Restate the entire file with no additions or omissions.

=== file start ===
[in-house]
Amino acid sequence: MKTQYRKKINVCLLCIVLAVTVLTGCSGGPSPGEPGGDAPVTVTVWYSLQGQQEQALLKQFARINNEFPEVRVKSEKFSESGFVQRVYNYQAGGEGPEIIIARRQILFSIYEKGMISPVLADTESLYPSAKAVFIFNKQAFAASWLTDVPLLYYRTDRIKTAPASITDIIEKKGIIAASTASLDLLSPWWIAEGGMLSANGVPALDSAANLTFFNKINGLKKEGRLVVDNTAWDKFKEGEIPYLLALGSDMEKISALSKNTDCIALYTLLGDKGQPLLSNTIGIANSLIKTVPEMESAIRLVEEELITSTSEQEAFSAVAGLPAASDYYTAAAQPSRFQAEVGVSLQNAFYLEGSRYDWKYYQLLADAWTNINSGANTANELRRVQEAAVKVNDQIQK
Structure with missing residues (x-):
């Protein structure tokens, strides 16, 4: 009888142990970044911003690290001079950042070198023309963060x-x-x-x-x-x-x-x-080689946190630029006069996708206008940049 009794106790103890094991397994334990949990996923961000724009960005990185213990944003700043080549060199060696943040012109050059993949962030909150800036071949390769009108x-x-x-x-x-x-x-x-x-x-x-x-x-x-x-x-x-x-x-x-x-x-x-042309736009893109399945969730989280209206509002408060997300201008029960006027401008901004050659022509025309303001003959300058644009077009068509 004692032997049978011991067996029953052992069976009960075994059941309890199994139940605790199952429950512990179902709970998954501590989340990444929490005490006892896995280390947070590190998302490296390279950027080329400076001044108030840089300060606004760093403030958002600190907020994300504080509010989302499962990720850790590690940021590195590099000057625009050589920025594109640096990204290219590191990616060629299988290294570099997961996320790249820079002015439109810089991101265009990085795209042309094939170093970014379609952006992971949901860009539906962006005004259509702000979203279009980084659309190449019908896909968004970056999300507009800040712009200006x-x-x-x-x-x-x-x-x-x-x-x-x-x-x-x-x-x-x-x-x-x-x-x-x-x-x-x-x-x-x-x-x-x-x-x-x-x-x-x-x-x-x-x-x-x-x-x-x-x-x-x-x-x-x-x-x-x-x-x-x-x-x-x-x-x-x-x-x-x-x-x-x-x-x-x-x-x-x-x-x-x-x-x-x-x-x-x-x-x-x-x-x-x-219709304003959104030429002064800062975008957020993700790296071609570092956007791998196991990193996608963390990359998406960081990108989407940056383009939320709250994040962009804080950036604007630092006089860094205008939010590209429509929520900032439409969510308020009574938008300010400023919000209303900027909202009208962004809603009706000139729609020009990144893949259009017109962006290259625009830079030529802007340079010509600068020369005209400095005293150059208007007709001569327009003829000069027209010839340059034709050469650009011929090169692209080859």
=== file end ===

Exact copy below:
[in-house]
Amino acid sequence: MKTQYRKKINVCLLCIVLAVTVLTGCSGGPSPGEPGGDAPVTVTVWYSLQGQQEQALLKQFARINNEFPEVRVKSEKFSESGFVQRVYNYQAGGEGPEIIIARRQILFSIYEKGMISPVLADTESLYPSAKAVFIFNKQAFAASWLTDVPLLYYRTDRIKTAPASITDIIEKKGIIAASTASLDLLSPWWIAEGGMLSANGVPALDSAANLTFFNKINGLKKEGRLVVDNTAWDKFKEGEIPYLLALGSDMEKISALSKNTDCIALYTLLGDKGQPLLSNTIGIANSLIKTVPEMESAIRLVEEELITSTSEQEAFSAVAGLPAASDYYTAAAQPSRFQAEVGVSLQNAFYLEGSRYDWKYYQLLADAWTNINSGANTANELRRVQEAAVKVNDQIQK
Structure with missing residues (x-):
């Protein structure tokens, strides 16, 4: 009888142990970044911003690290001079950042070198023309963060x-x-x-x-x-x-x-x-080689946190630029006069996708206008940049 009794106790103890094991397994334990949990996923961000724009960005990185213990944003700043080549060199060696943040012109050059993949962030909150800036071949390769009108x-x-x-x-x-x-x-x-x-x-x-x-x-x-x-x-x-x-x-x-x-x-x-042309736009893109399945969730989280209206509002408060997300201008029960006027401008901004050659022509025309303001003959300058644009077009068509 004692032997049978011991067996029953052992069976009960075994059941309890199994139940605790199952429950512990179902709970998954501590989340990444929490005490006892896995280390947070590190998302490296390279950027080329400076001044108030840089300060606004760093403030958002600190907020994300504080509010989302499962990720850790590690940021590195590099000057625009050589920025594109640096990204290219590191990616060629299988290294570099997961996320790249820079002015439109810089991101265009990085795209042309094939170093970014379609952006992971949901860009539906962006005004259509702000979203279009980084659309190449019908896909968004970056999300507009800040712009200006x-x-x-x-x-x-x-x-x-x-x-x-x-x-x-x-x-x-x-x-x-x-x-x-x-x-x-x-x-x-x-x-x-x-x-x-x-x-x-x-x-x-x-x-x-x-x-x-x-x-x-x-x-x-x-x-x-x-x-x-x-x-x-x-x-x-x-x-x-x-x-x-x-x-x-x-x-x-x-x-x-x-x-x-x-x-x-x-x-x-x-x-x-x-219709304003959104030429002064800062975008957020993700790296071609570092956007791998196991990193996608963390990359998406960081990108989407940056383009939320709250994040962009804080950036604007630092006089860094205008939010590209429509929520900032439409969510308020009574938008300010400023919000209303900027909202009208962004809603009706000139729609020009990144893949259009017109962006290259625009830079030529802007340079010509600068020369005209400095005293150059208007007709001569327009003829000069027209010839340059034709050469650009011929090169692209080859």